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chpasswd command

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The chpasswd command administers users' passwords. The root user can supply or change users' passwords specified through standard input. Each line of input must be of the following format.

username:password

Only root users can set passwords with this command.

By default, the chpasswd command sets the ADMCHG flag for the users. The -f option may be used with other valid flags to override the default. The -c option clears all password flags.

The password field can be cleartext or a value encrypted with the crypt algorithm. The -e option indicates that passwords are of encrypted format. Please note that all passwords in a batch must conform to the same format.

Flags -c Clears all password flags.

-e Specifies that the passwords are of encrypted format.

-f flags Specifies the comma separated list of password flags to set. Valid flag values are: ADMIN, ADMCHG, and/or NOCHECK. Refer to the pwdadm command documentation for details about these values.

-R load_module Specifies the loadable I&A module used to change users' passwords.

Both AIX and linux have chpasswd by default. For Solaris and HP-UX you need to struggle. Also on Linux, passwd has a --stdin option that lets you supply the password via standard input.

For Solaris the primary option would be Staf Wagemakers chpasswd implementation Version 1.3.2 now includes Solaris binary of chpasswd which works on Solaris 9 and 10.

For HP-UX Bill Thompson script might be an option. See  'Re password setting through script....' - MARC


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[Jan 24, 2008] freshmeat.net Project details for cgipaf

The package also contain Solaris binary of chpasswd clone, which is extremely useful for mass changes of passwords in mixed corporate environments which along with Linux and AIX (both have native chpasswd  implementation) include Solaris or other Unixes that does not have chpasswd utility (HP-UX is another example in this category).   Version 1.3.2 now includes Solaris binary of chpasswd which works on Solaris 9 and 10.

cgipaf is a combination of three CGI programs.

All programs use PAM for user authentication. It is possible to run a script to update SAMBA passwords or NIS configuration when a password is changed. mailcfg.cgi creates a .procmailrc in the user's home directory. A user with too many invalid logins can be locked. The minimum and maximum UID can be set in the configuration file, so you can specify a range of UIDs that are allowed to use cgipaf.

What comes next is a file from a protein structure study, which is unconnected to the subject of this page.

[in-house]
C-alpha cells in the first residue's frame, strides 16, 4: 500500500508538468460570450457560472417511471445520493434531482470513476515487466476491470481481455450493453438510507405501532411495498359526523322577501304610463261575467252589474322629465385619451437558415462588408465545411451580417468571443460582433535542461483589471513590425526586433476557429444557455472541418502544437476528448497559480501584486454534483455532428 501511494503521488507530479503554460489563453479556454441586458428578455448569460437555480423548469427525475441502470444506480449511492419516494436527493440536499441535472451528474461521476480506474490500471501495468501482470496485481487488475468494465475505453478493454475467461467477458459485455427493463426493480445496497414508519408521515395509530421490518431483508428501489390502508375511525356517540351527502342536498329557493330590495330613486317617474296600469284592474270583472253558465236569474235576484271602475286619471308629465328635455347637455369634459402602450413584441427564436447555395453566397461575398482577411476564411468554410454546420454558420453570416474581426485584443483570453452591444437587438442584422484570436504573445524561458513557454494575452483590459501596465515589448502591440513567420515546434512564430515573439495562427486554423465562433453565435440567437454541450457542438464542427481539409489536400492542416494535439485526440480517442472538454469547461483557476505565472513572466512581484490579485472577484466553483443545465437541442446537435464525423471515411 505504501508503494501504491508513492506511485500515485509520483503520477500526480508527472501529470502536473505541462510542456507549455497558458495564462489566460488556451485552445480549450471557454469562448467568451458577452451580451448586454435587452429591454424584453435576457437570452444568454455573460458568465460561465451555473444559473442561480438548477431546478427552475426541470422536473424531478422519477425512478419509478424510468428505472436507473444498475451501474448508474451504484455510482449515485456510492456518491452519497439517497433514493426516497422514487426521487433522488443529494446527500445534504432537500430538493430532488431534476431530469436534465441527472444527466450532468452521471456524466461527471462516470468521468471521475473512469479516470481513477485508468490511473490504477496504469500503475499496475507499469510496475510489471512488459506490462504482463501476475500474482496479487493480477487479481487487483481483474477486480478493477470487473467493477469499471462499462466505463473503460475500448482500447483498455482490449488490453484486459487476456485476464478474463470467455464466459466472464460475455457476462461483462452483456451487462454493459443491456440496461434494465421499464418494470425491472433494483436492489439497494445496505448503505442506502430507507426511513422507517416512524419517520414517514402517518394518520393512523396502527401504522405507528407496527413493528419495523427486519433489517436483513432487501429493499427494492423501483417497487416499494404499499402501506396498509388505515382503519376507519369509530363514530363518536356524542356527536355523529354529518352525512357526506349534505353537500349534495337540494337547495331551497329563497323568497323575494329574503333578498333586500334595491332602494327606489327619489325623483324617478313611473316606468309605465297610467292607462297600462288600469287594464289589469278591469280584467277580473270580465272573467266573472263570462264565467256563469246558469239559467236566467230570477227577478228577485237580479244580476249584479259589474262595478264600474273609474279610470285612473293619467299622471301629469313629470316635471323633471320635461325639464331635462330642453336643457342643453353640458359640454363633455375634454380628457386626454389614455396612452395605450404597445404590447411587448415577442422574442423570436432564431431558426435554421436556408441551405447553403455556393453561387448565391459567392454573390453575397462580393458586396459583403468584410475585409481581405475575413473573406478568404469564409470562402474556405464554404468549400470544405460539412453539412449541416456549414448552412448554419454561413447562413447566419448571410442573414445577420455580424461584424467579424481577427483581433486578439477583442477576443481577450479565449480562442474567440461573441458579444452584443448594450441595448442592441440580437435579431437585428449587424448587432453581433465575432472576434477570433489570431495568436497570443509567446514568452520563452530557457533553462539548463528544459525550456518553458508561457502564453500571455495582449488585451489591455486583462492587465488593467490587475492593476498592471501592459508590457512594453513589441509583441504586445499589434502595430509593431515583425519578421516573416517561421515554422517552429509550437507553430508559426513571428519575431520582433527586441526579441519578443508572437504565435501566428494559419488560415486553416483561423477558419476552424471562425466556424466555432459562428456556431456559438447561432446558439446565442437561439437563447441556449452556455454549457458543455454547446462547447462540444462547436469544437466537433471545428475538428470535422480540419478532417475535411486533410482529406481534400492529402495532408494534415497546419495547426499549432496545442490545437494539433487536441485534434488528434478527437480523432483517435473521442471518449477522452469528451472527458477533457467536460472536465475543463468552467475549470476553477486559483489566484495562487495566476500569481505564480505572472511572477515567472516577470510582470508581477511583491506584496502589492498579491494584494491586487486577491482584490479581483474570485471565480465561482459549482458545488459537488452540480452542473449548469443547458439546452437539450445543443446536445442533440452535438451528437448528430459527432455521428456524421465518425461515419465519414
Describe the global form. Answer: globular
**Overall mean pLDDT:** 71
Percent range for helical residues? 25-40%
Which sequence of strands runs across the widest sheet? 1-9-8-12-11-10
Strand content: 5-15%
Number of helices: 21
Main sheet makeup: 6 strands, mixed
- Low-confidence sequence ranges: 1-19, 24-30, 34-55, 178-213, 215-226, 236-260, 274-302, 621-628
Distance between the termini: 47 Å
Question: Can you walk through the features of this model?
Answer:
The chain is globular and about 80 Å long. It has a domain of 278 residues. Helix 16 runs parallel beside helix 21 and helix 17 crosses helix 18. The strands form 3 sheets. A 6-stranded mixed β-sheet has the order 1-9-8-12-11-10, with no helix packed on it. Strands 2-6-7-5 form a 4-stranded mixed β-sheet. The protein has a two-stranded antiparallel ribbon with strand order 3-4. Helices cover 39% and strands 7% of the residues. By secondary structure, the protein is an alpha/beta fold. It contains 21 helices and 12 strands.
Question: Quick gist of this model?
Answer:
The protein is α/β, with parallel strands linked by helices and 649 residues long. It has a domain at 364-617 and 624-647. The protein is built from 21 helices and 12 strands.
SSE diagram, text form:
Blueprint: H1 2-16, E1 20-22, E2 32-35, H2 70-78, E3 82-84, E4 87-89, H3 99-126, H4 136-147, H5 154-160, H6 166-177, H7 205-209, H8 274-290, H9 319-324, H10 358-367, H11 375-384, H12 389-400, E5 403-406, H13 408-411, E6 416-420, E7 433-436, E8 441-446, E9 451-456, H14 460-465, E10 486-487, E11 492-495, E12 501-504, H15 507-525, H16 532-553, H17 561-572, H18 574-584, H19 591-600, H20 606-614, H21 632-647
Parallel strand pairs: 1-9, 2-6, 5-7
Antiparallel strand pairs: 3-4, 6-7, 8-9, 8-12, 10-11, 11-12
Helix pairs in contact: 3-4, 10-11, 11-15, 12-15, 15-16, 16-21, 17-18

[Jan 17, 2008] Staf Wagemakers chpasswd implementation (changepass)

I tested on Solaris 10 and 9. Works as expected.
changepass manpage

changepass − update an userís password

changepass is a chpasswd clone, it might be useful on platforms that doesnít have such a command like Solaris.
Most GNU/Linux distributions have chpasswd (8), on FreeBSD you can use "pw usermod name -h 0" but many commercial Un*ces doesnít have tool like this. An alternative is to update the userís password in script with usermod but itís possible to see the encrypted password in the process list, which is not very secure.
changepass
reads a list of user name and password pairs from stdin and updates the users passwords

Each line has format:

username:password

OPTIONS

-h,--help print this help
-n,--nopam donít use pam
-p,--pam use pam (default)
-e,--encrypt password is already encrypted, this option will disable pam
-m,--md5 use md5 encryption, this option will disable pam
-v,--verbose enable verbose output

'Re password setting through script....' - MARC

> -----Original Message-----
> From: bill.thompson@GOODYEAR.COM [mailto:bill.thompson@GOODYEAR.COM]
> Sent: Friday, April 05, 2002 6:47 AM
> To: aix-l@Princeton.EDU
> Subject: Re: password setting through script....
>
>
> Saravanan,
>
> If you're talking strictly AIX boxes the freeware.aix.tools.rte lpp
> contains a program called chpass that allows this functionality.
>
> If you're attempting to do this on other flavors of UNIX, you
> can download
> and install expect on all the systems and write and expect script.
>
> Also, I've written a Perl script (no extra modules needed)
> that will change
> a password on AIX (tested through 4.3.3), HP-UX (tested
> through 11.11), and
> Solaris (tested through version 8). It allows you to specify
> a clear text
> or previously encrypted password and has the option to force
> the user to
> change their password at next loggin. Here's a portion of the
> usage screen:
>
> Usage: chpasswd [-e] [-f] username [password]
>
> PARAMETERS
>   -e         Do not encrypt password it's already encrypted
>                (default is to encrypt password)
>
>   -f         Force user to change password at next login (by default,
>              chpasswd will NOT require the user to change the password
>              at next login)
>